A route built by chamois, for chamois.
What are people doing up there?
Actually it was a great day out, just climbing to the ridgeline, along the ridgeline, and down again.
Sounds easy when you say it like that.
Maybe I should mention that the top of the western peak of Emily Peaks that you need to clamber over is 2024 m.
Two short episodes made me question this activity.
Two well-known blokes mentioned they came down the top Burn Creek valley, rather than climbing down a ridge. Yesterday, I could see most of the way up, and it looked straightforward.
But then, to be honest, this was the cloudiest morning for a while. It looked gloomy around the Emily Tops. Actually I couldn’t see the tops at all due to dense dark grey cloud.
Nevertheless, around 9 am I set off up the valley. It did clear by the time I reached the saddle, but there were times when that didn’t look possible.
One thing in the valley. A 20 m or so waterfall that I needed to climb around. I really have to confess my head for heights ain’t good, but I just changed down to low gear, powered on up, and trusted my new boots would have sufficient traction on the greasy rock.
Well, I survived.
I would not like to come down that much though.
Much of the day was spent climbing up or down, to stay on the ridge. It was spectacularly smashed up on the Glenroy River side. I was once told by a geologist that the Glenroy ran along the Alpine Fault, and today I could look along it and see all the stress lines for myself.
I contemplated camping at either of the ridge top tarns, but it was too early, and wasn’t really the best summer weather today to whack my tent up.
But, as I said, lots of ups and downs, including a steep scree slope. Most of the ridge was okay, although the ground sometimes had clear earthquake issues, mostly channels across the ridge.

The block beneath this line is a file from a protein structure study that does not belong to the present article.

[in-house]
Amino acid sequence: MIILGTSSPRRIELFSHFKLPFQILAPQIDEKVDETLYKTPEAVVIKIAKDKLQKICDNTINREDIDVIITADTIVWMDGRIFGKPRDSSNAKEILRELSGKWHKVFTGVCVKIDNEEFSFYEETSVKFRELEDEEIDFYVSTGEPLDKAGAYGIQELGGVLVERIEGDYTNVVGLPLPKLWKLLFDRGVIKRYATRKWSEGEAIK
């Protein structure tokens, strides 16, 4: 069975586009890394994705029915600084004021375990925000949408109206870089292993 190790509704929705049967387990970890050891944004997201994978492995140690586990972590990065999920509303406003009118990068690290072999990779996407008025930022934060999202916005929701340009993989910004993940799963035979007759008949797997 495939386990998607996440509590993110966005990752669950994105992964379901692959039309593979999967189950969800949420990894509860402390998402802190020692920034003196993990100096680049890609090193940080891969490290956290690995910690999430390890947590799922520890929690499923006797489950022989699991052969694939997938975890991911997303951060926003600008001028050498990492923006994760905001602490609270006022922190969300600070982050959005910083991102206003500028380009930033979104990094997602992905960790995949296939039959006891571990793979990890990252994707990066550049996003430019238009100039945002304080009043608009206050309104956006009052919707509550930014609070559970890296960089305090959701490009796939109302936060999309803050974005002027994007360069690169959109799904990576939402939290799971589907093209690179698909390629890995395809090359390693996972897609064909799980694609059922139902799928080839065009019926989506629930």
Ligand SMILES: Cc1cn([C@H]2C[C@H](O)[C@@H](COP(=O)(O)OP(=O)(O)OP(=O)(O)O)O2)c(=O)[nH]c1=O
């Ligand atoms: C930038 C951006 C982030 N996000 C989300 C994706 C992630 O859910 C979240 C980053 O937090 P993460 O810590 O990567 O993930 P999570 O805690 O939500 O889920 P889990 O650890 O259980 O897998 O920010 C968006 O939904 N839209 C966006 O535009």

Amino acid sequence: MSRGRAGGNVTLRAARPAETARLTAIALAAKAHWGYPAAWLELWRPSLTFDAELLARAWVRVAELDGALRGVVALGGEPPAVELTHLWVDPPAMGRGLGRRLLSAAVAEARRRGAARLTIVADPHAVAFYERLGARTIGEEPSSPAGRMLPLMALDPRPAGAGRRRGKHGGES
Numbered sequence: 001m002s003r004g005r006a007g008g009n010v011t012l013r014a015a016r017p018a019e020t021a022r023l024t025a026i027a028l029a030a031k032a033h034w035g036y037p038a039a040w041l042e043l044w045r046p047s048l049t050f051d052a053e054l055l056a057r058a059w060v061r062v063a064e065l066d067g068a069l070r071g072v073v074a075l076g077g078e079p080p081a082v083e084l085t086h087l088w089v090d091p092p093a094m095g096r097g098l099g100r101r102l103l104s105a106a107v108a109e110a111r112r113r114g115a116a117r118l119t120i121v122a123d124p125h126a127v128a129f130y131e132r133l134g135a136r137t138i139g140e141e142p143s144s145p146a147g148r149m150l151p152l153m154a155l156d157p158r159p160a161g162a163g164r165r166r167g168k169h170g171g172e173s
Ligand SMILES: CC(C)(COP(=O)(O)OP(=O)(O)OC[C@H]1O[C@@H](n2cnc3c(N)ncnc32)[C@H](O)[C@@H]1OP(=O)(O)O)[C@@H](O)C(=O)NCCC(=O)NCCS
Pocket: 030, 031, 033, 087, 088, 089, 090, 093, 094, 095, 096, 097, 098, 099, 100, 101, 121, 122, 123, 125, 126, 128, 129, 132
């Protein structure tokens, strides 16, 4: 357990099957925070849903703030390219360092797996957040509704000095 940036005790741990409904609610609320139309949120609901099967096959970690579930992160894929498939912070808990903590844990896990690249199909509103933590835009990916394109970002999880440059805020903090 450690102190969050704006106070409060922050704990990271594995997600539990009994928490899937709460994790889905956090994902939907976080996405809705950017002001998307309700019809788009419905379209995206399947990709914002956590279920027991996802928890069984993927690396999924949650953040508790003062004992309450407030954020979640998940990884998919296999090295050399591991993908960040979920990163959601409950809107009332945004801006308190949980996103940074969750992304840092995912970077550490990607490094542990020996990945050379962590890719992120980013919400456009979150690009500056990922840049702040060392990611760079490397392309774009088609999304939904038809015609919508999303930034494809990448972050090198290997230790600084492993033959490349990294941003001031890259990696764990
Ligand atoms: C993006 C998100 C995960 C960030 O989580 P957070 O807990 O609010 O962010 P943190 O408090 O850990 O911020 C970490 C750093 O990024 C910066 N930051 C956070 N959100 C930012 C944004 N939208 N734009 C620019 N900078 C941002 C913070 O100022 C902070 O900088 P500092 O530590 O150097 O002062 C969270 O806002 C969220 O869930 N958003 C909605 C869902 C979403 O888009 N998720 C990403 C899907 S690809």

I had looked at my map and seen that getting down to the hut from the ridge would be an issue. I was standing on Point 1786 and couldn’t locate the hut. In any case, it was a long way down. It was clear there were cliffs, and it would be easier to continue along the ridge.
After a little bump I wondered if there was, in fact, a route down. Despite not being sure, there are bluffs everywhere, I started my descent. I couldn’t see all the way to the bottom, but there was enough hope to encourage me to continue. I surmised that I could always climb the 400 m back up to the high point if required.
Eventually, I could see it was possible. It seemed others had been down, and I guess more probably up.
My second nervous moment for the day was a short section of scrabbling on a steep slope, with some exposure over a significant bluff. Man, that did not look good.
Walk up that, and you can see where you are going. Where footholds are.
On the way down, with a pack? Well, it’s lucky there were stray flax bushes to grab.
Yes, I was nervous. Only two sections each about 15 m in length, but one was terror-inducing for those without a head for heights.
In such circumstances, it’s best not to think of consequences. But, as you may have noticed, I survived.
Then I videoed a short speech of me promising myself only to walk on marked DOC tracks henceforth.
From there it was a short, and generally safe stroll to the bivvy.
I last visited Nardoo in August 1975 as a 16-year-old from the Mataki Lodge, the Nelson College outdoor training centre. We started with a waist-deep ford of the Matakitaki River. Did I mention there was snow on the ground even down at that altitude, on the main valley floor?
We had about 25 river crossings for the day, with Nardoo Creek water warming our cold feet every time we crossed.
I guess we also warmed up due to the steepness of the climb from the bottom of the valley, when we got to the climbing part.
On arrival to the hut, snow was piled some way up against the door, and we spent 20 minutes kicking it away.
This hut is where I learned that kerosene is a substandard tramping fuel. The smell and soot required the louvre window to be open at all times. On the first occasion, the door as well.
Five boys and packs seemed to fit into the two bunk structure, but it is slightly larger than many two-person bivvies. At least we could stand upright, although not all at once. It was cosy.
Almost 45 years between visits. I can’t think of any other hut I’ve avoided for so long.
And now, the last Nelson Lakes National Park hut I’ve revisited.
I’m not sure I will be back.